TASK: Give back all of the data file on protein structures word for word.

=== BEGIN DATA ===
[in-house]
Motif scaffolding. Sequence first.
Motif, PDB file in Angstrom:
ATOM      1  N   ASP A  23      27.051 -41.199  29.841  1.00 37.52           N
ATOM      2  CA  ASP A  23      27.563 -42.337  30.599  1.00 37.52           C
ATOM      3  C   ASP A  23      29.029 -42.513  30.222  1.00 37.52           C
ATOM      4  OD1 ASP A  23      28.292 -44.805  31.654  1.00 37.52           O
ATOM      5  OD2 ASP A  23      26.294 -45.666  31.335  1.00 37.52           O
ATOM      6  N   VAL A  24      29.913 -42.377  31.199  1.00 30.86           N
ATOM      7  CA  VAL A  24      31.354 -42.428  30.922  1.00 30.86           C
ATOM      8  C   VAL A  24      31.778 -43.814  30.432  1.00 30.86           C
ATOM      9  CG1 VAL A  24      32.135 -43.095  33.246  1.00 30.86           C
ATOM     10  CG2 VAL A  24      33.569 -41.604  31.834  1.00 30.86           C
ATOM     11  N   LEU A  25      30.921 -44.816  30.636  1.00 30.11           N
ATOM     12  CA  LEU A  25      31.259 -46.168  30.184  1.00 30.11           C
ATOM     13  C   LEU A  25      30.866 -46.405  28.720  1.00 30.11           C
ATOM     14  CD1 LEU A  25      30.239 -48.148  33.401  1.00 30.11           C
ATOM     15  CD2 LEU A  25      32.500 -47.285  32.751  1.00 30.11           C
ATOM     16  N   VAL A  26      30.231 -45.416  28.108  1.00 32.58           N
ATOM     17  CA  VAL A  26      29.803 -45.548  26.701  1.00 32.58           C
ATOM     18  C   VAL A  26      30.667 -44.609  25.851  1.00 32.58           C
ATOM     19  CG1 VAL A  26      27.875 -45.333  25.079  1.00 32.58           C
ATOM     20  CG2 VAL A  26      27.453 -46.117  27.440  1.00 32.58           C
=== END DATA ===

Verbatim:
[in-house]
Motif scaffolding. Sequence first.
Motif, PDB file in Angstrom:
ATOM      1  N   ASP A  23      27.051 -41.199  29.841  1.00 37.52           N
ATOM      2  CA  ASP A  23      27.563 -42.337  30.599  1.00 37.52           C
ATOM      3  C   ASP A  23      29.029 -42.513  30.222  1.00 37.52           C
ATOM      4  OD1 ASP A  23      28.292 -44.805  31.654  1.00 37.52           O
ATOM      5  OD2 ASP A  23      26.294 -45.666  31.335  1.00 37.52           O
ATOM      6  N   VAL A  24      29.913 -42.377  31.199  1.00 30.86           N
ATOM      7  CA  VAL A  24      31.354 -42.428  30.922  1.00 30.86           C
ATOM      8  C   VAL A  24      31.778 -43.814  30.432  1.00 30.86           C
ATOM      9  CG1 VAL A  24      32.135 -43.095  33.246  1.00 30.86           C
ATOM     10  CG2 VAL A  24      33.569 -41.604  31.834  1.00 30.86           C
ATOM     11  N   LEU A  25      30.921 -44.816  30.636  1.00 30.11           N
ATOM     12  CA  LEU A  25      31.259 -46.168  30.184  1.00 30.11           C
ATOM     13  C   LEU A  25      30.866 -46.405  28.720  1.00 30.11           C
ATOM     14  CD1 LEU A  25      30.239 -48.148  33.401  1.00 30.11           C
ATOM     15  CD2 LEU A  25      32.500 -47.285  32.751  1.00 30.11           C
ATOM     16  N   VAL A  26      30.231 -45.416  28.108  1.00 32.58           N
ATOM     17  CA  VAL A  26      29.803 -45.548  26.701  1.00 32.58           C
ATOM     18  C   VAL A  26      30.667 -44.609  25.851  1.00 32.58           C
ATOM     19  CG1 VAL A  26      27.875 -45.333  25.079  1.00 32.58           C
ATOM     20  CG2 VAL A  26      27.453 -46.117  27.440  1.00 32.58           C